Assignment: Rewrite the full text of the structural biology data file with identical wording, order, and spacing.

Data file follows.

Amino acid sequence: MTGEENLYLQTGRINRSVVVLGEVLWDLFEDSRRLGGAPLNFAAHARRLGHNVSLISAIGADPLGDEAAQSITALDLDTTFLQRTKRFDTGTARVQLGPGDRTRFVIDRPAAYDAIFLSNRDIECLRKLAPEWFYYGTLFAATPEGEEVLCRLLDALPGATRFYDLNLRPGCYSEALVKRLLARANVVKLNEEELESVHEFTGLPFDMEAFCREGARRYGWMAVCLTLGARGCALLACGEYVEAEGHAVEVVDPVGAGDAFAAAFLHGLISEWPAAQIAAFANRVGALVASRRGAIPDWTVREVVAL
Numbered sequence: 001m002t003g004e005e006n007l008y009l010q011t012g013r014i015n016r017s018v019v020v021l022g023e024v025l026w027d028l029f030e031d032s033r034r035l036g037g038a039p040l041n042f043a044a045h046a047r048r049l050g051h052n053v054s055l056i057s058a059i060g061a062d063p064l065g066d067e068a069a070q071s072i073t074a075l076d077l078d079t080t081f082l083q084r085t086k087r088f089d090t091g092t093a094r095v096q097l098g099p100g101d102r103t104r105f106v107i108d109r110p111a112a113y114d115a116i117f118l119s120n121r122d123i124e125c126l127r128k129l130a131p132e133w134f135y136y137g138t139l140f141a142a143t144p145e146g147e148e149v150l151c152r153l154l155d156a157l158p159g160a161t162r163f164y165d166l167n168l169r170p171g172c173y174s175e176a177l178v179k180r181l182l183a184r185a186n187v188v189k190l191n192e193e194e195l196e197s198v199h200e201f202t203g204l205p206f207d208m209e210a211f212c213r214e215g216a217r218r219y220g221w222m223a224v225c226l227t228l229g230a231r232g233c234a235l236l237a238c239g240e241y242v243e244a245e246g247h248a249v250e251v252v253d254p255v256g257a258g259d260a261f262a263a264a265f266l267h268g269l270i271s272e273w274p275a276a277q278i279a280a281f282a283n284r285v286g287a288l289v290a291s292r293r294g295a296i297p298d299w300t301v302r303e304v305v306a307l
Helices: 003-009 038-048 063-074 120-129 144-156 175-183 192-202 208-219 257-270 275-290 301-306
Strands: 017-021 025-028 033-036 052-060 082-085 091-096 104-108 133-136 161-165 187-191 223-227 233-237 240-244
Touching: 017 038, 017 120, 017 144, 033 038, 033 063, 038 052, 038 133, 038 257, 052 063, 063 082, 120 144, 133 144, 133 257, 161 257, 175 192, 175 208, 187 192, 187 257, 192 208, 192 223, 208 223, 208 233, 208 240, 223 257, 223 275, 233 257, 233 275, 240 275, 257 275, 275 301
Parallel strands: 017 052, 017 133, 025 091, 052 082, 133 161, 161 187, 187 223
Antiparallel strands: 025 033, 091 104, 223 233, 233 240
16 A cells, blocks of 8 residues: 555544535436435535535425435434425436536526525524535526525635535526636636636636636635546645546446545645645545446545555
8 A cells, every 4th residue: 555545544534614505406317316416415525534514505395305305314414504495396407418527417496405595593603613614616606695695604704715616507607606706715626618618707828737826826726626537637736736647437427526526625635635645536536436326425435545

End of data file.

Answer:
Amino acid sequence: MTGEENLYLQTGRINRSVVVLGEVLWDLFEDSRRLGGAPLNFAAHARRLGHNVSLISAIGADPLGDEAAQSITALDLDTTFLQRTKRFDTGTARVQLGPGDRTRFVIDRPAAYDAIFLSNRDIECLRKLAPEWFYYGTLFAATPEGEEVLCRLLDALPGATRFYDLNLRPGCYSEALVKRLLARANVVKLNEEELESVHEFTGLPFDMEAFCREGARRYGWMAVCLTLGARGCALLACGEYVEAEGHAVEVVDPVGAGDAFAAAFLHGLISEWPAAQIAAFANRVGALVASRRGAIPDWTVREVVAL
Numbered sequence: 001m002t003g004e005e006n007l008y009l010q011t012g013r014i015n016r017s018v019v020v021l022g023e024v025l026w027d028l029f030e031d032s033r034r035l036g037g038a039p040l041n042f043a044a045h046a047r048r049l050g051h052n053v054s055l056i057s058a059i060g061a062d063p064l065g066d067e068a069a070q071s072i073t074a075l076d077l078d079t080t081f082l083q084r085t086k087r088f089d090t091g092t093a094r095v096q097l098g099p100g101d102r103t104r105f106v107i108d109r110p111a112a113y114d115a116i117f118l119s120n121r122d123i124e125c126l127r128k129l130a131p132e133w134f135y136y137g138t139l140f141a142a143t144p145e146g147e148e149v150l151c152r153l154l155d156a157l158p159g160a161t162r163f164y165d166l167n168l169r170p171g172c173y174s175e176a177l178v179k180r181l182l183a184r185a186n187v188v189k190l191n192e193e194e195l196e197s198v199h200e201f202t203g204l205p206f207d208m209e210a211f212c213r214e215g216a217r218r219y220g221w222m223a224v225c226l227t228l229g230a231r232g233c234a235l236l237a238c239g240e241y242v243e244a245e246g247h248a249v250e251v252v253d254p255v256g257a258g259d260a261f262a263a264a265f266l267h268g269l270i271s272e273w274p275a276a277q278i279a280a281f282a283n284r285v286g287a288l289v290a291s292r293r294g295a296i297p298d299w300t301v302r303e304v305v306a307l
Helices: 003-009 038-048 063-074 120-129 144-156 175-183 192-202 208-219 257-270 275-290 301-306
Strands: 017-021 025-028 033-036 052-060 082-085 091-096 104-108 133-136 161-165 187-191 223-227 233-237 240-244
Touching: 017 038, 017 120, 017 144, 033 038, 033 063, 038 052, 038 133, 038 257, 052 063, 063 082, 120 144, 133 144, 133 257, 161 257, 175 192, 175 208, 187 192, 187 257, 192 208, 192 223, 208 223, 208 233, 208 240, 223 257, 223 275, 233 257, 233 275, 240 275, 257 275, 275 301
Parallel strands: 017 052, 017 133, 025 091, 052 082, 133 161, 161 187, 187 223
Antiparallel strands: 025 033, 091 104, 223 233, 233 240
16 A cells, blocks of 8 residues: 555544535436435535535425435434425436536526525524535526525635535526636636636636636635546645546446545645645545446545555
8 A cells, every 4th residue: 555545544534614505406317316416415525534514505395305305314414504495396407418527417496405595593603613614616606695695604704715616507607606706715626618618707828737826826726626537637736736647437427526526625635635645536536436326425435545